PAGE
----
Another key decision is where to don PPE. This ideally needs to be performed at an appropriate distance from the patient and in a clean area, but must be balanced against loss of visual or verbal contact with the patient and scene. Environmental factors can make this challenging, for example trying to don suits or tie aprons in very wet or windy environments. Consideration must also be given to donning Level 3 PPE before entering any closed environment where AGPs have already been conducted, such as inside an ambulance or confined space on scene.

Location and Setup of the RSI Kit Dump

In addition to the usual environmental considerations for locating an RSI Kit Dump, additional pandemic considerations include wind direction, which should be away from the intubation team, and allowing additional space to place kit bags two meters away. Within the kit dump only essential equipment should be set up next to the patient to minimise contamination of pouches and bags. Any required “on the person” medical equipment (such a thoracostomy kit) should be removed from pockets prior to any AGP. Personal radios must also be accessible outside of PPE and decontaminated at the end of the job cycle. Only clinicians in Level 3 PPE should enter the kit dump area and, resource permitting, a clinician should be allocated as a “clean runner” – who can obtain additional equipment in an emergency.

Modified schematic of pre-hospital RSI kit dump to incorporate COVID-19 related chanegs Example schematic of COVID 19 modifications to the RSI kit dump Credit: KSS Standard Operating Procedures

Modifications to the Conduct of RSI

Many of the strategies utilised for COVID-19 intubations in hospital have been well established in pre-hospital practice – such as use of checklists, dedicated equipment packs, simulation training and role allocation.

However, a number of changes to the pre-hospital RSI process have been adopted to minimise aerosol and droplet contamination; these include first line use of video laryngoscopy, use of closed circuit suction catheters and avoidance of manual ventilation during the apnoeic phase. The bougie should be handled with extreme care after use and the use of a stethoscope to confirm tube placement should be avoided. HME filters should be attached close to the ETT, ventilator circuits should be checked to ensure tight fitting connections and the ETT should be clamped if a circuit disconnection is required. Use of PEEP should be considered during pre-oxygenation and post-intubation to reduce desaturation events.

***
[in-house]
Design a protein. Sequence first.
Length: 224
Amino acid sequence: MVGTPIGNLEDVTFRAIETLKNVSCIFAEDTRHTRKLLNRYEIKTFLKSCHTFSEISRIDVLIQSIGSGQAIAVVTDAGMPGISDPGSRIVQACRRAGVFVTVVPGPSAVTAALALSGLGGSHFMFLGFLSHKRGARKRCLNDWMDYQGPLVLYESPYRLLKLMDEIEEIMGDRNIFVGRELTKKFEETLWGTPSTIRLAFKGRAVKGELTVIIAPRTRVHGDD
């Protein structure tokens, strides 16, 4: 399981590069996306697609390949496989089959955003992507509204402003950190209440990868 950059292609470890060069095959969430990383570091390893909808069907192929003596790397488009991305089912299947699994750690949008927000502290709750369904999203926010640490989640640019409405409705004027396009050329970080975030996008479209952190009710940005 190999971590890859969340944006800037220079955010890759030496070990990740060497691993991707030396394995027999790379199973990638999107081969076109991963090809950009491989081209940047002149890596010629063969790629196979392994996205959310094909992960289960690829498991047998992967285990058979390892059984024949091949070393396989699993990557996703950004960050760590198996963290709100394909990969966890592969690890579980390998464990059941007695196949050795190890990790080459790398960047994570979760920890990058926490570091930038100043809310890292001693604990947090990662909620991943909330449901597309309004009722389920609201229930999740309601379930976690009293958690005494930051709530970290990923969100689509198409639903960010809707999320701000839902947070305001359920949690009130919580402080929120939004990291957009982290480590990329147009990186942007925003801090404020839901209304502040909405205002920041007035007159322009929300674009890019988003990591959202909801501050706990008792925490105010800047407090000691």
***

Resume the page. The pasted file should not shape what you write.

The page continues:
Conduct of pre-hospital intubation by team in Level 3 PPE Conduct of pre-hospital intubation by team in Level 3 PPE

The use of Level 3 PPE (particularly masks, googles/visor and hoods) has come with challenges – on an individual level and for team crew resource management (CRM). This has increased reliance on well-drilled procedures and the importance of appropriate team training for pre-hospital COVID-19 intubation cannot be overstated.

Table of challenges of PPE during intubation Individual and team CRM challenges of Level 3 PPE during intubation

Transport Dynamics

Ambulance Considerations:

When transporting patients with suspected or confirmed COVID-19 by road it is important to close all cupboard doors, store clean equipment and seal the window to the cab. Clinicians should remain in Level 3 PPE throughout transfer and if appropriate the roof window should opened for ventilation.

Aviation Considerations:

Patients may be transported by air if the aircraft has been prepared with an airtight seal between the cockpit and cabin. Depending on helicopter type and ventilation system, patients may need to be loaded onto aircraft with the auxiliary power unit (APU) running. Noise from the APU mandates the use of helmets and connecting to the aircraft intercom system; in addition the pilots cannot directly assist with loading the patient. Performance of AGPs inside the aircraft should be avoided wherever possible.

Image of training APU load - crew in PPE and pilots as safe distance APU Load


The COVID-19 pandemic has presented huge burden for ambulance services and pre-hospital clinicians. Airway management in these conditions raises technical, non-technical, moral and psychological challenges. Prior consideration, planning and training for these challenges is essential at an organisational and individual level. Importantly, the lessons learned during the COVID-19 pandemic are relevant for other droplet/aerosol spread viruses.